We each perceive reality through our own unique, interpretive lens. This lens acts a filter layered on top of the outer realm of the objective world and ascribes meaning and associations to it. Our interpretation draws from past experiences and the values derived from them, and is heavily influenced by its sociocultural context.
Discoveries in physics and quantum mechanics additionally substantiate the idea that perception itself is a very delicate construct of whatever happens to be in our center of our focus at any given time. There have been many fascinating discourses on the implications of this to the way our brains perceive reality.
It seems at times that life does indeed play dice with us: simply being born in a particular family inevitably does push you towards certain opportunities or inhibits the possibility of achieving others. Winning the lottery of life and being born in one country instead of some other may have a drastic impact on your future. It is interesting to contemplate just how much of what we are is determined by intrinsic characteristics, as it appears so much depends on the external world and its seemingly random properties.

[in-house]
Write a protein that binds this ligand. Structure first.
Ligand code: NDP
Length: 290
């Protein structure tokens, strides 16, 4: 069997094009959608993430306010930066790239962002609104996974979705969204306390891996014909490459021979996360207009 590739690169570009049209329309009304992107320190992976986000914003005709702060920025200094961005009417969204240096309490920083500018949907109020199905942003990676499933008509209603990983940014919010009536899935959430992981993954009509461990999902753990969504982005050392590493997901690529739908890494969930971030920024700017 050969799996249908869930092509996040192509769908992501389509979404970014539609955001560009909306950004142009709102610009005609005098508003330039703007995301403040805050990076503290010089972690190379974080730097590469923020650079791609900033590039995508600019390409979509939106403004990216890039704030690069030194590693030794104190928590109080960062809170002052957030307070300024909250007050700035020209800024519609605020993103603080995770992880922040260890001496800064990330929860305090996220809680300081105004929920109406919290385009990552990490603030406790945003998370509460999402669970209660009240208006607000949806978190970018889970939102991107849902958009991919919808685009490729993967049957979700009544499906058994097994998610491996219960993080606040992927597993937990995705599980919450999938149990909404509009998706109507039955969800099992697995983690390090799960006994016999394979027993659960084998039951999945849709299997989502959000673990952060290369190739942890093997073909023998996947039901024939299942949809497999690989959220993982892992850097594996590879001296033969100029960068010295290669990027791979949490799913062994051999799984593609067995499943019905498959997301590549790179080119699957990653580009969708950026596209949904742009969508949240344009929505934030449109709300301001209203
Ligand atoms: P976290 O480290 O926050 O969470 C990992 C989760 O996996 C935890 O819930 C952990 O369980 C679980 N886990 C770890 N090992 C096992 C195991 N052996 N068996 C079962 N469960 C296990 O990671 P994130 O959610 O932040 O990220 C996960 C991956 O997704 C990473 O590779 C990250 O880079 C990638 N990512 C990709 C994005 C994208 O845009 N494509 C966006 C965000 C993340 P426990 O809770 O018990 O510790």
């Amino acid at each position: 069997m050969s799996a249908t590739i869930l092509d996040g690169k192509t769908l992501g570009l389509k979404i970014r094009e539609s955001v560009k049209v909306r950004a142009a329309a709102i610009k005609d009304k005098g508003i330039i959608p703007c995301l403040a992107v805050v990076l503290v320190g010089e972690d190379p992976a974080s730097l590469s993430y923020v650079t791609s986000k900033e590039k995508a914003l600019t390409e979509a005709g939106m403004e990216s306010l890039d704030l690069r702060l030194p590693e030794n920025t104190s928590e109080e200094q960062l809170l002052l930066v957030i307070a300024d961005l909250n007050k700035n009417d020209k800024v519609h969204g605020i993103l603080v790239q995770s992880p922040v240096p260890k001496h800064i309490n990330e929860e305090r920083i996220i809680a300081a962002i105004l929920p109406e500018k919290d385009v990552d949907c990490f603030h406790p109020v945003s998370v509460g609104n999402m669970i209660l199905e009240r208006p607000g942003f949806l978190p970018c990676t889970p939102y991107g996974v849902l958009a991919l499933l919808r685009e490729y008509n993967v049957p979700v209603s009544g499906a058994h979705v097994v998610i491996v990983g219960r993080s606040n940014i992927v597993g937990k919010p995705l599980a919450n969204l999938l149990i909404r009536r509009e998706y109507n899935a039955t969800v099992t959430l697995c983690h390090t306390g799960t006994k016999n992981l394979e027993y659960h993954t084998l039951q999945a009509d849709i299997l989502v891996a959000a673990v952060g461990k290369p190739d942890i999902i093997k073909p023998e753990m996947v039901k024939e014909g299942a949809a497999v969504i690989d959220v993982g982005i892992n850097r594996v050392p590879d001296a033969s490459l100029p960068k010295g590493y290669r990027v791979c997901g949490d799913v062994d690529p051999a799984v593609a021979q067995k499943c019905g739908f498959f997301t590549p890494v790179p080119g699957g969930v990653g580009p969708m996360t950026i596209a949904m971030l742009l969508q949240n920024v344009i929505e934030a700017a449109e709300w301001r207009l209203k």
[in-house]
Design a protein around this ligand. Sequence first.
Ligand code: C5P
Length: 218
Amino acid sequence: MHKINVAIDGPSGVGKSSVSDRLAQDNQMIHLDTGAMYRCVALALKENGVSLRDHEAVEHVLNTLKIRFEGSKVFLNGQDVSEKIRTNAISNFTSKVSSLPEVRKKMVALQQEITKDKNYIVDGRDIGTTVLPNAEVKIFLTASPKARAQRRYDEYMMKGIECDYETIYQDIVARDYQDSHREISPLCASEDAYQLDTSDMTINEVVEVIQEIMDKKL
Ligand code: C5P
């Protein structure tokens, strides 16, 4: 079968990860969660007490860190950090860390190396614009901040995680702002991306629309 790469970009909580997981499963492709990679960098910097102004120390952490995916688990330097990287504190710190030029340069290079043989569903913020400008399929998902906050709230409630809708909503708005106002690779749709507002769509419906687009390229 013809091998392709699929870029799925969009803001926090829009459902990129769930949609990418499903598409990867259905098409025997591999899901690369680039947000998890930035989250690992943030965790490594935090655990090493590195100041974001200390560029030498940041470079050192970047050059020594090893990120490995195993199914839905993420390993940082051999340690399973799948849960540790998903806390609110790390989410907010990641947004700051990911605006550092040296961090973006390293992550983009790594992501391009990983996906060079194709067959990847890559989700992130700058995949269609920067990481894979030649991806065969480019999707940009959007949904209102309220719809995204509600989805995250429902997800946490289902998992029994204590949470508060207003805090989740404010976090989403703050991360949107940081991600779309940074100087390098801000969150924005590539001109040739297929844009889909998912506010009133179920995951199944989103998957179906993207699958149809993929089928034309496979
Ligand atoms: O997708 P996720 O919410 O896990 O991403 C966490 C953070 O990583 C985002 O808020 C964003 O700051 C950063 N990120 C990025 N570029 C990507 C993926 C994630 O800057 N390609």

Considering the flickering disposition of our mind, our proneness to outside influence, the specific cultural context in which we find ourselves being born, as well as the impulsive nature of the reptilian portion of our brain, I have to wonder: can we ever truly understand the nature of free will and objectivity in moral questions? Our minds are limited by the frames of reference we establish based on concepts already previously encountered, and we struggle to see outside the human ant-hill.
Furthermore, I was previously reading Dr. Alison Gopnik´s book and she makes an astute point by addressing the dismissal of family when focusing on moral choices by philosophers and other scholars, whom through ages have mostly been males. In defining what is acceptable or good, it makes a great difference who has the voice and the podium. It effects what we can address and with what concepts. Could it be that trying to define universal moral truths is akin to attempting to determine the answer to a complicated equation that is missing half of its variables? Just a though for the weekend. Would love to hear what you think….